T. N. Gill, 1863
J. Richardson, 1843
Red = eastern blue groper
Dark blue = western blue groper
Achoerodus is a genus of wrasses collectively known as blue gropers. They are found in the coastal waters of southern Australia and distinguished by the bright blue colouring of the adult males.
A genus is a taxonomic rank used in the biological classification of living and fossil organisms, as well as viruses, in biology. In the hierarchy of biological classification, genus comes above species and below family. In binomial nomenclature, the genus name forms the first part of the binomial species name for each species within the genus.
The wrasses are a family, Labridae, of marine fish, many of which are brightly colored. The family is large and diverse, with over 600 species in 81 genera, which are divided into 9 subgroups or tribes. They are typically small fish, most of them less than 20 cm (7.9 in) long, although the largest, the humphead wrasse, can measure up to 2.5 m (8.2 ft). They are efficient carnivores, feeding on a wide range of small invertebrates. Many smaller wrasses follow the feeding trails of larger fish, picking up invertebrates disturbed by their passing. Juveniles of some representatives of the genera Bodianus, Epibulus, Cirrhilabrus, Oxycheilinus, and Paracheilinus hide among the tentacles of the free-living mushroom coral Heliofungia actiniformis.
Australia, officially the Commonwealth of Australia, is a sovereign country comprising the mainland of the Australian continent, the island of Tasmania and numerous smaller islands. It is the largest country in Oceania and the world's sixth-largest country by total area. The neighbouring countries are Papua New Guinea, Indonesia and East Timor to the north; the Solomon Islands and Vanuatu to the north-east; and New Zealand to the south-east. The population of 25 million is highly urbanised and heavily concentrated on the eastern seaboard. Australia's capital is Canberra, and its largest city is Sydney. The country's other major metropolitan areas are Melbourne, Brisbane, Perth and Adelaide.
The thick-bodied blue gropers have peg teeth, heavy scales, large tails and thick lips. Juveniles are brown to green brown. Adult females are brown to greenish-yellow. Each scale may have a darker red spot. The adult males have the bright blue colouring that give the fish their name. The blue can range from deep navy to cobalt blue, and there may also be darker or yellow-orange spots or lines around the eyes.
Navy blue is a very dark shade of the color blue.
Cobalt is a chemical element with symbol Co and atomic number 27. Like nickel, cobalt is found in the Earth's crust only in chemically combined form, save for small deposits found in alloys of natural meteoric iron. The free element, produced by reductive smelting, is a hard, lustrous, silver-gray metal.
All blue gropers begin life as females. As they mature, they go through an initial phase, in which they may be male or female, before developing their adult colouring and reaching the terminal phase.
Typically you will only find one or two male blue gropers in an area, with a larger number of the female gropers in the same area. Should the dominant male blue groper die, the largest female will grow, change colour and sex, and become the dominant male.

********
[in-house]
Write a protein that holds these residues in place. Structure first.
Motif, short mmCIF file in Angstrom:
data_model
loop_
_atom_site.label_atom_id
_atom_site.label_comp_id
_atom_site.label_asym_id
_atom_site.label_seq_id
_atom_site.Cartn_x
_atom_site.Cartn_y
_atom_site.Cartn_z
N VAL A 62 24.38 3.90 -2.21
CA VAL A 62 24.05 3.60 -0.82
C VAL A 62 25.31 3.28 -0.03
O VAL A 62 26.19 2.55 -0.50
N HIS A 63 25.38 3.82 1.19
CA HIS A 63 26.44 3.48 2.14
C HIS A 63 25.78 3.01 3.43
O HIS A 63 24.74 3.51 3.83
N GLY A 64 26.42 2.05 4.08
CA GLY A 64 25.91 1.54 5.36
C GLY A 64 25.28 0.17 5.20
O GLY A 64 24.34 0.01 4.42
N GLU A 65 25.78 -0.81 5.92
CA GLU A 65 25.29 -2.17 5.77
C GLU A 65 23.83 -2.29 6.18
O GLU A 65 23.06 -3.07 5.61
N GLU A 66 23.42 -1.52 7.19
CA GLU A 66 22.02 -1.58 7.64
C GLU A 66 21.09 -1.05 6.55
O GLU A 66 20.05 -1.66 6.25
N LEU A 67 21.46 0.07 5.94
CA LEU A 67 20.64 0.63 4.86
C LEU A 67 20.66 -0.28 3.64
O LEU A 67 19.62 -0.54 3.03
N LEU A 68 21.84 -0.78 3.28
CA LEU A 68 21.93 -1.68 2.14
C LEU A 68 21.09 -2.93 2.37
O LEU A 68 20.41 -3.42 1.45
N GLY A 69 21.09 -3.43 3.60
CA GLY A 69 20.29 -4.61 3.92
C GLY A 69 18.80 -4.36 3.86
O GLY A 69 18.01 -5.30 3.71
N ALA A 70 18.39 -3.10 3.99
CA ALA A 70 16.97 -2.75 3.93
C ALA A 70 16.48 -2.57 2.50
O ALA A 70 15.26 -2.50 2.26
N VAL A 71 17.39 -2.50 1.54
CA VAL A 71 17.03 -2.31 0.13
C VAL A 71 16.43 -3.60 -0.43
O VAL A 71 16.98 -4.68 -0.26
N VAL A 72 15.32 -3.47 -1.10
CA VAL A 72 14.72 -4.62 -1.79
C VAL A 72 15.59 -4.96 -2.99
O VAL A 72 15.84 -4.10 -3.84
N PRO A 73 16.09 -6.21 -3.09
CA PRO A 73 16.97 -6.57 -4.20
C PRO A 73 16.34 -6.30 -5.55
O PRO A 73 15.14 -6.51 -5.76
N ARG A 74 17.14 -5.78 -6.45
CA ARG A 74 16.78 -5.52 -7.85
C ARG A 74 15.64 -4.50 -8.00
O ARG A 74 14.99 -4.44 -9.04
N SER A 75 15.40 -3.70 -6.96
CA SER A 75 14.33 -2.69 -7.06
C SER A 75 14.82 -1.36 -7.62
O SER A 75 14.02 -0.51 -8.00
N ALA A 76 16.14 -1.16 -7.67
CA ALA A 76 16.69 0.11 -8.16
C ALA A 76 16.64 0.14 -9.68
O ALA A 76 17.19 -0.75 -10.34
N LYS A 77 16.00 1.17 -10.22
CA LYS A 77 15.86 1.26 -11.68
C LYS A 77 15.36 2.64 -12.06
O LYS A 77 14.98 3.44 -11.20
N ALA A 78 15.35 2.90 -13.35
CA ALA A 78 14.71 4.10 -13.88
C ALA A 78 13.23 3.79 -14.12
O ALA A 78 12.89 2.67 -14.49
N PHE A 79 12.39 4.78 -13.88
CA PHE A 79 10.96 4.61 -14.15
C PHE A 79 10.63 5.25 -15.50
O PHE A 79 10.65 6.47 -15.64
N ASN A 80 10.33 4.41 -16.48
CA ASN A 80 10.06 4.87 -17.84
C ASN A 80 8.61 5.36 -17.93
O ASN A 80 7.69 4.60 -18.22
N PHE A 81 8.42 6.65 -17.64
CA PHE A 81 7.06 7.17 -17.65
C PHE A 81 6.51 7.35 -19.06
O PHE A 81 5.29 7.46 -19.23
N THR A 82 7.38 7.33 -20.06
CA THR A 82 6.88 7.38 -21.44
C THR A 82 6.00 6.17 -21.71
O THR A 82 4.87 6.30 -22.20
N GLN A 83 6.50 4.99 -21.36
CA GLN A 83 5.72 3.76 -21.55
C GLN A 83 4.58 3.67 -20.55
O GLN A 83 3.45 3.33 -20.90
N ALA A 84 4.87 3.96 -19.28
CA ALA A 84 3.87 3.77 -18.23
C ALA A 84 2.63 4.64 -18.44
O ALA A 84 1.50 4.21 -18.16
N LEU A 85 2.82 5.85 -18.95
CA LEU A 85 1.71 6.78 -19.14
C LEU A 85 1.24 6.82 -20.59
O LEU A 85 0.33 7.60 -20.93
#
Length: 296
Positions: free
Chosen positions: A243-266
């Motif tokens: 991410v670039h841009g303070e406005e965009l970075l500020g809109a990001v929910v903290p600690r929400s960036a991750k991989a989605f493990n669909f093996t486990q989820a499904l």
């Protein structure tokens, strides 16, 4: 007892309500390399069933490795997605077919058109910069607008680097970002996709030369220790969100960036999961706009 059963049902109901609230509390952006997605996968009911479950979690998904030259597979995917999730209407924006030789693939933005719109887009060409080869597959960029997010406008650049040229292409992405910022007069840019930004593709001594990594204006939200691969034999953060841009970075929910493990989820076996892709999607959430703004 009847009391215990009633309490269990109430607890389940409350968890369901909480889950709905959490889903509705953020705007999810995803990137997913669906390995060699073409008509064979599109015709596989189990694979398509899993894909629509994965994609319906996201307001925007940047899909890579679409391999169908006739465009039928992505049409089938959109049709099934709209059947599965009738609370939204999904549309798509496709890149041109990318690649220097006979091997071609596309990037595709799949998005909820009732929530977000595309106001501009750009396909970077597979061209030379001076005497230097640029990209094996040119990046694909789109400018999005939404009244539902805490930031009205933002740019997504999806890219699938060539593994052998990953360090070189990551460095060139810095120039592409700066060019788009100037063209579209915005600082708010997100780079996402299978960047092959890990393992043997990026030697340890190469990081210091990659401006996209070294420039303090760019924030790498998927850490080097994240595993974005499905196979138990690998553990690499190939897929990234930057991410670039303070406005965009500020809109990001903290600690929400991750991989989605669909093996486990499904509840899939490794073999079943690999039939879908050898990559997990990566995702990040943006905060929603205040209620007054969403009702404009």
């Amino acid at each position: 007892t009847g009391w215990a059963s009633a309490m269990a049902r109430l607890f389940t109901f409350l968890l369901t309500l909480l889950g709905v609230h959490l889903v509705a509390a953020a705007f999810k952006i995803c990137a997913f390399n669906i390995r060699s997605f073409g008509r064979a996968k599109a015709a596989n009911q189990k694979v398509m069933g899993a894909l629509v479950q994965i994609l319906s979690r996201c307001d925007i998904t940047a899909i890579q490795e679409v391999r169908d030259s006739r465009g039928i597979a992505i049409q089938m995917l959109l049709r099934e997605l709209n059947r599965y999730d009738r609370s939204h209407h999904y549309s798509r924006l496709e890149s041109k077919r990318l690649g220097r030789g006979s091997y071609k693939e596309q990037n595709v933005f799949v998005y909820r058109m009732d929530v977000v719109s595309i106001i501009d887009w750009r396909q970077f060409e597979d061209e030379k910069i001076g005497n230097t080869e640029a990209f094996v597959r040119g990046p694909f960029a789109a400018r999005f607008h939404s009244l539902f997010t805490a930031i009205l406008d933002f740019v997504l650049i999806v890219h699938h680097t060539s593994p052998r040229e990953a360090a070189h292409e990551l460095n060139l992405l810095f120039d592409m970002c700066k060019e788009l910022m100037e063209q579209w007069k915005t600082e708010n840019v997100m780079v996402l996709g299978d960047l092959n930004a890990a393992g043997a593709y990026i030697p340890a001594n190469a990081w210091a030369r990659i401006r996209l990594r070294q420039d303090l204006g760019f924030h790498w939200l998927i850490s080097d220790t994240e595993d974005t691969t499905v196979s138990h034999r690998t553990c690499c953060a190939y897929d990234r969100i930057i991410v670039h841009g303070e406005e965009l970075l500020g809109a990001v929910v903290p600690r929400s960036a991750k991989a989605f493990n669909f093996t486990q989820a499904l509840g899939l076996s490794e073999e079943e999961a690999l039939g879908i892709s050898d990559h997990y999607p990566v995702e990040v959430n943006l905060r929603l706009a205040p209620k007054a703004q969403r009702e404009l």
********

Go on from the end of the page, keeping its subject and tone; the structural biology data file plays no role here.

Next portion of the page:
In Australia certain states like New South Wales have granted protection to this species. It's considered the state fish symbol for the territory and it is illegal to spear blue groper. There is also a limitation on fishing for them with a line. They are extremely inquisitive, and while it is now discouraged to feed them by cutting up urchins, they still will approach divers as if expecting to be fed. Their lifespan is said to be up to 35 years according to some sources, longer according to others.
The fish live in a variety of coastal waters, especially exposed reefs.
A reef is a bar of rock, sand, coral or similar material, lying beneath the surface of water. Many reefs result from abiotic processes, but the best known reefs are the coral reefs of tropical waters developed through biotic processes dominated by corals and coralline algae.
In 1998, the eastern blue groper was made the state fish emblem of New South Wales.
New South Wales is a state on the east coast of Australia. It borders Queensland to the north, Victoria to the south, and South Australia to the west. Its coast borders the Tasman Sea to the east. The Australian Capital Territory is an enclave within the state. New South Wales' state capital is Sydney, which is also Australia's most populous city. In March 2018, the population of New South Wales was over 7.9 million, making it Australia's most populous state. Just under two-thirds of the state's population, 5.1 million, live in the Greater Sydney area. Inhabitants of New South Wales are referred to as New South Welshmen.
The currently recognized species in this genus are:
The western blue groper is a species of wrasse native to coastal waters of southern Australia from the Houtman Abrolhos in Western Australia to west of Melbourne. This species prefers areas with rocky substrates and can be found at depths of from 5 to 65 m. Their diet consists of other fishes, small crabs, various molluscs and starfish. This species grows to a length of 175 cm (69 in). Weights of up to 40 kg (88 lb) have been recorded. They have a single long-based dorsal fin, a large squarish tail, thick fleshy lips, large heavy scales and peg-like teeth. This species is of minor importance to local commercial fisheries.
Sir John Richardson FRS FRSE was a Scottish naval surgeon, naturalist and arctic explorer.